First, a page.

"It would be bad for the economy and would hit families that are already struggling to make ends meet," he said. "We shouldn't need long negotiations and drama to solve that part of the problem."
Obama and House Speaker John A. Boehner (R-Ohio) danced around each other Friday.
As he has through the week, Boehner showed an openness to increasing tax revenues as part of a deal to tame the debt, though he ruled out raising rates.
"Increased tax rates will destroy jobs in America by hurting small businesses across the country," he said Friday after Obama spoke.
Boehner said he could support increased tax revenue through tax reform that eliminates loopholes and deductions. Wealthy Americans, for example, dramatically reduce their tax burdens by paying preferential rates for investment income and taking big deductions on charitable contributions and mortgage interest payments.
Obama has been largely out of the limelight since his victory speech late Tuesday night - although a video him tearing up while thanking his campaign staff in Chicago circulated widely online Thursday. He appeared Friday with Vice President Biden, making a crisp seven-minute statement before a throng of White House staff and supporters.
In the East Room, Obama made clear that if Republicans don't go along with his plan for compromise, he would bring his argument to the American people, surrounding himself with a diverse group of supporters and echoing the themes of his campaign: fixing the country's budget problems while putting people back to work.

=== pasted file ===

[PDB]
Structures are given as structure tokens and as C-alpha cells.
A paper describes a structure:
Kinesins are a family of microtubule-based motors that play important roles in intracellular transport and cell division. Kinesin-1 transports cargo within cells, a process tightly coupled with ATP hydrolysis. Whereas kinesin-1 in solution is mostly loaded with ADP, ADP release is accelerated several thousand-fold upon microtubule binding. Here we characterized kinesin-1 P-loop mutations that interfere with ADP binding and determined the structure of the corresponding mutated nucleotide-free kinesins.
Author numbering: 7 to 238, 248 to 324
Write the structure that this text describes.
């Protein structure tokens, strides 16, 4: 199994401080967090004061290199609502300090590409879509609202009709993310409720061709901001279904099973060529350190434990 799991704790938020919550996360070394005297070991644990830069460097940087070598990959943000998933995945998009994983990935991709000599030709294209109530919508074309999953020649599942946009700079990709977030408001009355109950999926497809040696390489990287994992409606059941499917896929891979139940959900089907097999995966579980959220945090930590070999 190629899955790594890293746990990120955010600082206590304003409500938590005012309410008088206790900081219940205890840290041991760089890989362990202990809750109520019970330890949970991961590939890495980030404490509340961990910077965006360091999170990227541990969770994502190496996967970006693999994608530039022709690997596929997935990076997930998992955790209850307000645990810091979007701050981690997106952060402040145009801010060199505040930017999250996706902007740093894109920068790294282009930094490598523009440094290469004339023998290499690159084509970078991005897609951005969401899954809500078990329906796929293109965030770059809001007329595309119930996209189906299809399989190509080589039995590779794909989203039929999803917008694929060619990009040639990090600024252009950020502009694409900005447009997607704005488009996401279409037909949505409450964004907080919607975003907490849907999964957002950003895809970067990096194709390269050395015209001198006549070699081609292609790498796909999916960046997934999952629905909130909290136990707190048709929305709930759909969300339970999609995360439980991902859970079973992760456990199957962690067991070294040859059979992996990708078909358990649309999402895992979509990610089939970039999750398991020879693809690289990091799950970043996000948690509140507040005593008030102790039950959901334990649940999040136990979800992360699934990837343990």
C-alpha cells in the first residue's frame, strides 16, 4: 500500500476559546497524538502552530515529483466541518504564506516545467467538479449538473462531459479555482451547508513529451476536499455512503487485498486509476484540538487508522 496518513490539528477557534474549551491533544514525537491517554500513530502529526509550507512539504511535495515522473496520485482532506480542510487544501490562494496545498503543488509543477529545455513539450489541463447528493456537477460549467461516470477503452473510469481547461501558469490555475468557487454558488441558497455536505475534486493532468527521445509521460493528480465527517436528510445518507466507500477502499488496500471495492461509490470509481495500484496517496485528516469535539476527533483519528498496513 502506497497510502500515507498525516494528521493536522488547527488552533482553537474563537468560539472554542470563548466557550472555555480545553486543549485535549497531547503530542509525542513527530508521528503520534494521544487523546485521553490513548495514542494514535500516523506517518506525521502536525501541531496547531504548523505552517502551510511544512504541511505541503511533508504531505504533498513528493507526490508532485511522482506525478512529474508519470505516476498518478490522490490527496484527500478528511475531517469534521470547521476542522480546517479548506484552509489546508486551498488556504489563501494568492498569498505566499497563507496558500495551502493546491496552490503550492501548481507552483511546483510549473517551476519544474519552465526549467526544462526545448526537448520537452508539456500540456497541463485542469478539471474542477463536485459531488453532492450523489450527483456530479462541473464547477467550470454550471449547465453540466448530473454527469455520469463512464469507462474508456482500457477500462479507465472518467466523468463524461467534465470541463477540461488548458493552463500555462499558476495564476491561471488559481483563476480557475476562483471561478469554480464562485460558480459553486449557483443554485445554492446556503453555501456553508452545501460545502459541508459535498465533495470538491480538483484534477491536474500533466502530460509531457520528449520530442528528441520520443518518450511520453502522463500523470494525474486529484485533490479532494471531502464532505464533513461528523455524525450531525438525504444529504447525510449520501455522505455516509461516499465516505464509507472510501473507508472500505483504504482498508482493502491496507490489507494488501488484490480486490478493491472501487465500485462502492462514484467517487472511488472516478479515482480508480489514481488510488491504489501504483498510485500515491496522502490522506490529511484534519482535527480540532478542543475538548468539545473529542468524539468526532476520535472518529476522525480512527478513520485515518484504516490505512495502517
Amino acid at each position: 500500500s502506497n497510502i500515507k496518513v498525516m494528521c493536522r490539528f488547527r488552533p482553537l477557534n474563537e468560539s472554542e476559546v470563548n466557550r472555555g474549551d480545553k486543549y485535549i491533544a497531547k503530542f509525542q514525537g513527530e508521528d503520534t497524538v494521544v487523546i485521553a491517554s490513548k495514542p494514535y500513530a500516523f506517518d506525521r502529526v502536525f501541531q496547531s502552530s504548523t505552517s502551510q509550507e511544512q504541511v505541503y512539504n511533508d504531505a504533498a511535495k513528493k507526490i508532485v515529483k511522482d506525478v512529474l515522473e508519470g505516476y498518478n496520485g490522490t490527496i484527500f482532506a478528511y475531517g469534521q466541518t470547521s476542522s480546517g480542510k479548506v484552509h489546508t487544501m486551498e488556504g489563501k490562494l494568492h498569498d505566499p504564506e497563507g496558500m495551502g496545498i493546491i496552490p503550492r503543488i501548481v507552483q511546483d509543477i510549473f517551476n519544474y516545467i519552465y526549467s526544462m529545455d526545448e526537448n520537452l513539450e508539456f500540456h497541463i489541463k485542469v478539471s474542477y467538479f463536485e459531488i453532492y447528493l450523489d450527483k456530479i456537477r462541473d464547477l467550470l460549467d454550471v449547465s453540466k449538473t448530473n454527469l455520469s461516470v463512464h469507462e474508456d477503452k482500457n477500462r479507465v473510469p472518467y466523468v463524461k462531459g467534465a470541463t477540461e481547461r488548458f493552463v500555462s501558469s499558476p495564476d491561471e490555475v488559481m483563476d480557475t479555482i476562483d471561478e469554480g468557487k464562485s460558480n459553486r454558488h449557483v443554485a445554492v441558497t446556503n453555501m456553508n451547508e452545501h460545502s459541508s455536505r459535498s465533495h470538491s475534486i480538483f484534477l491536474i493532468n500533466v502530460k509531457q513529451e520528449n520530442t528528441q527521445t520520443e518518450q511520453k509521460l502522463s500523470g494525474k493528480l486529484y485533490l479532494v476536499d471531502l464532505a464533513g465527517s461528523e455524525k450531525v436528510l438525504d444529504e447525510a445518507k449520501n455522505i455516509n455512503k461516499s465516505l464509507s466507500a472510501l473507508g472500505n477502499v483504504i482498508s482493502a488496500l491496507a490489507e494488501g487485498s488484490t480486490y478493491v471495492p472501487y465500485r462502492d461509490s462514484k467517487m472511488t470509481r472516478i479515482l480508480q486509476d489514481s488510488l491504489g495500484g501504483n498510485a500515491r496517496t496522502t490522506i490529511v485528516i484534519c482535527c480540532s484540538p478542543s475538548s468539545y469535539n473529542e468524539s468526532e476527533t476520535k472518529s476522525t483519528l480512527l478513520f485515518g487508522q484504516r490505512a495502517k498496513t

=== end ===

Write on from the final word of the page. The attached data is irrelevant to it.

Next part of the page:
But Obama won't be on a campaign trail as he begins the negotiations. Instead he will return to the behind-closed-doors talks that nearly led to a "grand bargain" in the summer of 2011. Those sessions, between Obama and Boehner, produced great optimism before they broke down over tax policy, sparking furious critiques from both sides.
Obama did not produce a new plan to tame the debt Friday, but he has in the past called for a mix of tax hikes, spending cuts and modest changes to entitlements.
President George W. Bush dramatically lowered tax rates for most Americans during his first term, but those provisions expired in 2010. Obama renewed them amid a weak economy, but he has since vowed to allow the rates for the wealthy to expire at the end of this year.
The Congressional Budget Office, Congress's nonpartisan arbiter, said Thursday that allowing the upper-income tax cuts to expire would do the least harm to the economy of any component of the fiscal cliff.
The CBO said that allowing tax cuts for all earners to lapse would cost about 1.8 million jobs next year, while allowing tax cuts for just upper-income earners would cost just 200,000 jobs. The upper-income tax cuts would cost the government about $800 billion in revenue over the next decade. The upper-income tax cuts cover the top 2 percent of earners.
According to voter exit polls conducted Tuesday, 47 percent of voters surveyed favored raising taxes on incomes of $250,000 and up, as Obama proposes, and an additional 13 percent supported raising taxes on everyone. Only 35 percent opposed any tax increases at all.
Paul Kane contributed to this report.